But Nancy made a decision to leave the relationship despite her parent’s pressure. Everyone from her parents to her siblings to her uncles and aunty, felt she made the wrong decision. But she never cared about they opinion. Nancy made her decision based on her happiness and been tired of her parents controlling her. Just has the song says “Don't let them control your life, that's just how I feel” (nico and vinz, paragraph 3).
Tan’s mother then becomes unwilling to express her needs to the other since her broken English is always ignored. Yet what Tan expressed using perfect English is always be answered. For example, the stockbroker and doctor respond to Tan requested immediately but neglect her mother’s demand. Fence was built between the native English world and Tan’s mother’s broken English world. And that is the reason why many people have the fear of studying languages
Lucy despises this notion almost as much as she loathes her mother and struggles with it daily. One concept she finds very repulsive is the importance of a woman’s image. She is disgusted by Dinah’s obsession with beauty and comments that “among the beliefs I held about the world was that being beautiful should not matter to a woman, because it is one of those things that would go away” (Kincaid, 57). Later on she mentions that “for the first time ever [she] entertained the idea that [she] might be beautiful”, but declares that she will “not make too big a thing of it” (Kincaid, 132). Lucy’s rejection of society’s emphasis on appearance frees her from the insecurities that are brought upon by a self-image based on looks.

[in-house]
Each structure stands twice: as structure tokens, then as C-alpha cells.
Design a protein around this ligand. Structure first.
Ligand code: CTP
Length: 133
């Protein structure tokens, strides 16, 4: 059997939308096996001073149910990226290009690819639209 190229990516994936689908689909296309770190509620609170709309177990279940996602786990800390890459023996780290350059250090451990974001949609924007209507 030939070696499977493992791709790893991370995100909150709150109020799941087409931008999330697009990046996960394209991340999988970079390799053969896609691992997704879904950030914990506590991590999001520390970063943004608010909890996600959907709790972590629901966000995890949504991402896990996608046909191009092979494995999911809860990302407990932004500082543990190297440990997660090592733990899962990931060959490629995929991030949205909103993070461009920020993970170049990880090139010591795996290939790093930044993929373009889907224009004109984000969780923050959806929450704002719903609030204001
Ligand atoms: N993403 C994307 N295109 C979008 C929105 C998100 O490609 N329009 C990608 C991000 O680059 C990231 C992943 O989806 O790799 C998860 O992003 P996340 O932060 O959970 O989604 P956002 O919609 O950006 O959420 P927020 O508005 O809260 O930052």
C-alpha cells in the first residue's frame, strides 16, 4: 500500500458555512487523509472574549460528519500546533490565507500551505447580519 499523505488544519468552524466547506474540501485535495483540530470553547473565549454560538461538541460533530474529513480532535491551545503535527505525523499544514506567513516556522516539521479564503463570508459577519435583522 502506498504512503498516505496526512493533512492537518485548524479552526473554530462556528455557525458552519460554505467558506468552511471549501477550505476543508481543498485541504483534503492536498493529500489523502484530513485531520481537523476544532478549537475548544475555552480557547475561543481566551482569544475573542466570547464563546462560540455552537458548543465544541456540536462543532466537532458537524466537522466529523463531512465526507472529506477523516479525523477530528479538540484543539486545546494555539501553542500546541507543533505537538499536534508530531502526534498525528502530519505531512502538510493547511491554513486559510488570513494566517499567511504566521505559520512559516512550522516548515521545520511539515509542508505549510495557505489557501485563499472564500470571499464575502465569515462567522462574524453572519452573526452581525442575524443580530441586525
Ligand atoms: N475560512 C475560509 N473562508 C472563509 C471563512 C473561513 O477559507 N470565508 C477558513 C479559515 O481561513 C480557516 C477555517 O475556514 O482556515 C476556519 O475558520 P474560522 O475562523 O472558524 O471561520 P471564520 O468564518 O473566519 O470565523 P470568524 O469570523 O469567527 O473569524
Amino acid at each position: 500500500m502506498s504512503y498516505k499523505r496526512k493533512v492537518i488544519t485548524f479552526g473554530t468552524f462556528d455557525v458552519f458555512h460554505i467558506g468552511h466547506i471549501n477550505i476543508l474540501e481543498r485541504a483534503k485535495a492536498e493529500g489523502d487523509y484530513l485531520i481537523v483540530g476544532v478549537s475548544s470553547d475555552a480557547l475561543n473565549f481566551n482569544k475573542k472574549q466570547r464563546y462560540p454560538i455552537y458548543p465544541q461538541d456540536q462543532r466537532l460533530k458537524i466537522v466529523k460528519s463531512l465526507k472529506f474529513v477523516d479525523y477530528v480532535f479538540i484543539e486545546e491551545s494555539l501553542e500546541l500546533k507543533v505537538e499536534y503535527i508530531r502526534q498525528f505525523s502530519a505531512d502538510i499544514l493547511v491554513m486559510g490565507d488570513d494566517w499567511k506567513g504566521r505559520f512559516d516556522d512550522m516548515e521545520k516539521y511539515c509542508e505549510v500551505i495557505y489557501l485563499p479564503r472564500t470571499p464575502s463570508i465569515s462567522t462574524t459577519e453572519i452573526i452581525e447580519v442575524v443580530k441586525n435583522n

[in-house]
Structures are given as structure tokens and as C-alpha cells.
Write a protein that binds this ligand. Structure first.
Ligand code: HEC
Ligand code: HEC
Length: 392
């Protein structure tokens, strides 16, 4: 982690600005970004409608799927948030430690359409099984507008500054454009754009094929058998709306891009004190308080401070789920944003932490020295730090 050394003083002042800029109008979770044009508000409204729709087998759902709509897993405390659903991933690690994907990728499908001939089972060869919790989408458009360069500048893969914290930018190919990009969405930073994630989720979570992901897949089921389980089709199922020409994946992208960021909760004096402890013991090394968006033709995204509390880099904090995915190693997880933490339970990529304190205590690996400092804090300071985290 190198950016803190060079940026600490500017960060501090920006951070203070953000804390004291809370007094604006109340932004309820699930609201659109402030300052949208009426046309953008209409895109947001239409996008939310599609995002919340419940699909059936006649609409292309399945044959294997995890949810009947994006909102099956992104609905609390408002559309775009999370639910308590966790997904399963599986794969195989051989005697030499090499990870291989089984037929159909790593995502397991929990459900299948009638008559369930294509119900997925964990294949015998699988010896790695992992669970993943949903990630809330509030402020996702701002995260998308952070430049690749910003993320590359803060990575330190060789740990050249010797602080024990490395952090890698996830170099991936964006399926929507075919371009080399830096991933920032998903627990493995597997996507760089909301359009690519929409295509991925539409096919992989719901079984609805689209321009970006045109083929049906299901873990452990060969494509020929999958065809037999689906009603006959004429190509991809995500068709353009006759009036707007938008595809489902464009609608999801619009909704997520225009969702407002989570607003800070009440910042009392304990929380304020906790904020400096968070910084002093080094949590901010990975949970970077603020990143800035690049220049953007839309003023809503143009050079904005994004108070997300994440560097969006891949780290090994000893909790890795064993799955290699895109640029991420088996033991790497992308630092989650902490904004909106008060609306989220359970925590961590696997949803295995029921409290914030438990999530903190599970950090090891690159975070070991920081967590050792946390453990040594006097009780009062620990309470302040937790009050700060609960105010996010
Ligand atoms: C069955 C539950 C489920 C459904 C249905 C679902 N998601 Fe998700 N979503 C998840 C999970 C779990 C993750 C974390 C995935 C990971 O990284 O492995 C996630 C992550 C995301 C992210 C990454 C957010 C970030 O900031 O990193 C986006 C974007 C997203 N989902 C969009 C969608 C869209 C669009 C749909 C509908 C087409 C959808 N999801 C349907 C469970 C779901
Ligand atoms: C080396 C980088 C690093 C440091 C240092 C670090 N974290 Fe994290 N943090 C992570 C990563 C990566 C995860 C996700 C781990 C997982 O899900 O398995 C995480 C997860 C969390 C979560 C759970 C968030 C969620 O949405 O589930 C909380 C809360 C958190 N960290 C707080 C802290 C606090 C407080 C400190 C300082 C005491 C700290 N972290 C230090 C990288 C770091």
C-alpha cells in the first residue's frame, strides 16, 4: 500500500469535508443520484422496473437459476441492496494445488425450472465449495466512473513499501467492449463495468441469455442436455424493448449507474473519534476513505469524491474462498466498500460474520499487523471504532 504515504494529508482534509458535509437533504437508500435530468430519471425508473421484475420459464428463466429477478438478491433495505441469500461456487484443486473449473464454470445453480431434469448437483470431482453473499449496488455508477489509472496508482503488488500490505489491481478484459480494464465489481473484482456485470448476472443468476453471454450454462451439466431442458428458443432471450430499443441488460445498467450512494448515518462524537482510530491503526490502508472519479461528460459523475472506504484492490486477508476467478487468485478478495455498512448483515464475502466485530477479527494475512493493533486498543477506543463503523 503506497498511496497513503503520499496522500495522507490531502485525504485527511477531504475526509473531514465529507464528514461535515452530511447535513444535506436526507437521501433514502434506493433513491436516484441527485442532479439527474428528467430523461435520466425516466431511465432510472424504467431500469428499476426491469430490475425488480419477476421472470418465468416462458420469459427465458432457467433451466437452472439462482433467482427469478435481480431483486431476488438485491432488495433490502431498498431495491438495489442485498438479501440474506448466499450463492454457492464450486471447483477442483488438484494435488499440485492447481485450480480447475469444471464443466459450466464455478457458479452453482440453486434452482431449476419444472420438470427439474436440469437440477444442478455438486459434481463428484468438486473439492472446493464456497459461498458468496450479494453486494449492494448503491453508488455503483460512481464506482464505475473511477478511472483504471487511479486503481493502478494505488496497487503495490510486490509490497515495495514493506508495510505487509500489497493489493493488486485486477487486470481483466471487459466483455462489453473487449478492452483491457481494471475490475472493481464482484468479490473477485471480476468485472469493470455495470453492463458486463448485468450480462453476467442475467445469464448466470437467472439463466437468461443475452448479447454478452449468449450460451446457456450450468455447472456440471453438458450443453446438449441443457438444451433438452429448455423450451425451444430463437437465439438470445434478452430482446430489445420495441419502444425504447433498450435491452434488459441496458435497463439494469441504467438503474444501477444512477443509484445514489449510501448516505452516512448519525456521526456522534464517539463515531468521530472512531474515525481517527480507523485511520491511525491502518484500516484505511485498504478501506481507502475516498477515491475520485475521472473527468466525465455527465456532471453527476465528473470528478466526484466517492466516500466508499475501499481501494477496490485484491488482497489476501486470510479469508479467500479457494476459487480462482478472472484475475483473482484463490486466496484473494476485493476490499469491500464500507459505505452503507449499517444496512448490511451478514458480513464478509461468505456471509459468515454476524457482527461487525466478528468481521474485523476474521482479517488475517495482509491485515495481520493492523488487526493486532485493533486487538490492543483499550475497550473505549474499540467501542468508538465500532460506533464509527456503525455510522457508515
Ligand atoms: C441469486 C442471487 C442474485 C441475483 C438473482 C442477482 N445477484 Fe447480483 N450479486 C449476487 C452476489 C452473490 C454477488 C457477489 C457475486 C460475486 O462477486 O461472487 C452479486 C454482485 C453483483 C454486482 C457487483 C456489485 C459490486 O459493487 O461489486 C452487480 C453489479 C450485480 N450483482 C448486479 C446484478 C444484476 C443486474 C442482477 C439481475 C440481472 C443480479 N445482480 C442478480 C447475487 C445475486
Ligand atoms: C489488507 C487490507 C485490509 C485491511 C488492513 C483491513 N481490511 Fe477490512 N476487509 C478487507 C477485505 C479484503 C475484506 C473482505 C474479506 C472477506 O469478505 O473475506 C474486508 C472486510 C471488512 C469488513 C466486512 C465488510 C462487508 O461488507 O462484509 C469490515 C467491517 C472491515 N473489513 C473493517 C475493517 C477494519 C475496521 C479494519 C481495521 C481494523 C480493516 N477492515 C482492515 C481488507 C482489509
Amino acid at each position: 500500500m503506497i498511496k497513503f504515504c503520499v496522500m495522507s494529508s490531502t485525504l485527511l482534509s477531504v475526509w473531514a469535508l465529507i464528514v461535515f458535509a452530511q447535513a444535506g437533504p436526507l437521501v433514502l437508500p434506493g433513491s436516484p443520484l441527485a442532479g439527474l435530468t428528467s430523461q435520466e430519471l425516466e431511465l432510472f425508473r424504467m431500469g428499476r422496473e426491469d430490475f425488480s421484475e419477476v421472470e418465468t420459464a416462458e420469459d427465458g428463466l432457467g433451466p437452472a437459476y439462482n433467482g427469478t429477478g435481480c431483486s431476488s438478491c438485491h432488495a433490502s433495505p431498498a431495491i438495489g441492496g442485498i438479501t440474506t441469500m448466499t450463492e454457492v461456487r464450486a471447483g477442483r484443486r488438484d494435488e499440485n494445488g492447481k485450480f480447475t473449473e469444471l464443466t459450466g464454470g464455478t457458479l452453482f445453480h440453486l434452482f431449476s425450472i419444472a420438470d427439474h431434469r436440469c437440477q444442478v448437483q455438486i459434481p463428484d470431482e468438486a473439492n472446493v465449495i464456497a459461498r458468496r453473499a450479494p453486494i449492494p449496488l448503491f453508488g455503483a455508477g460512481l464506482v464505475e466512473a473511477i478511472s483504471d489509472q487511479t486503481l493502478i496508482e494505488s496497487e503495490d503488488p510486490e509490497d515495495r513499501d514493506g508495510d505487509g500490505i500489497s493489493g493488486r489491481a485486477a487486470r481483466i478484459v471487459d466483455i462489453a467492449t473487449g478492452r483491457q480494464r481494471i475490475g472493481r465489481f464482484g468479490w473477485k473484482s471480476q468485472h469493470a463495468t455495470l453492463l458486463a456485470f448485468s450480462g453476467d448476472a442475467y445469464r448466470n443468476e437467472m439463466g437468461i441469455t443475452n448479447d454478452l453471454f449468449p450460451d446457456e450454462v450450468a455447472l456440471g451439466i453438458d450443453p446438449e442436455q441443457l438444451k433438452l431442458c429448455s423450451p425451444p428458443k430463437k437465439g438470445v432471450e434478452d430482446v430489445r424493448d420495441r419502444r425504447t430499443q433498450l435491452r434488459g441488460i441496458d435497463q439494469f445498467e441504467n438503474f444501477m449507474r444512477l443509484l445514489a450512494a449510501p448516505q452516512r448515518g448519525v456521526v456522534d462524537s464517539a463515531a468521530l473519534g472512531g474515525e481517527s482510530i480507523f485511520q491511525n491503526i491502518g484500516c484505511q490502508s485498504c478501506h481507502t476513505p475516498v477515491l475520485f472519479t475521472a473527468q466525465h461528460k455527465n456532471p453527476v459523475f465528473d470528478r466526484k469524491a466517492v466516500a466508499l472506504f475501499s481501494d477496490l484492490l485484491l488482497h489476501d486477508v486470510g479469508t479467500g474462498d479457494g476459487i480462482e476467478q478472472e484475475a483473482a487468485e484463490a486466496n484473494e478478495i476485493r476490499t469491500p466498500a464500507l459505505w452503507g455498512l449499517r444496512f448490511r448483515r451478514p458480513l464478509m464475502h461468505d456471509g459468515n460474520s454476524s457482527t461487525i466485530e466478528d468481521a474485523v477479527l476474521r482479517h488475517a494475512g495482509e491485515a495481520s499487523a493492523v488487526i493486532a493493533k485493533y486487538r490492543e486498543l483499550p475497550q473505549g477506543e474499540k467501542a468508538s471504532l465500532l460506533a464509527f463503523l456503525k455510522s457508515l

But they were not the ones to blame for their deaths. Lady Capulet, Juliet’s mother, is supposed to be the one she goes to for advice and someone she can talk to, but instead Juliet is alone and makes many impulsive decisions. Lady Capulet didn’t raise Juliet, the Nurse did, and so Juliet has no respect for her mother’s decisions, which pushed Juliet away from ever being able to trust her mother. Another reason that Lady Capulet should be held responsible for their deaths is because she tried to force Juliet to marry Paris, and Juliet lost all reason to trust her mother. Leading up to the death of the star-crossed lovers, Lady Capulets self-centered actions push Juliet away and cause her
Esperanza had no friend when she moved to her dad’s new home. She cannot be a friend with boys because that is prohibited in her culture. She also cannot be a friend with her sister because of the big different in the age. Friends in the American culture is something necessary because they will be you other family. Esperanza tried so badly to find to herself a second family in another words new friends.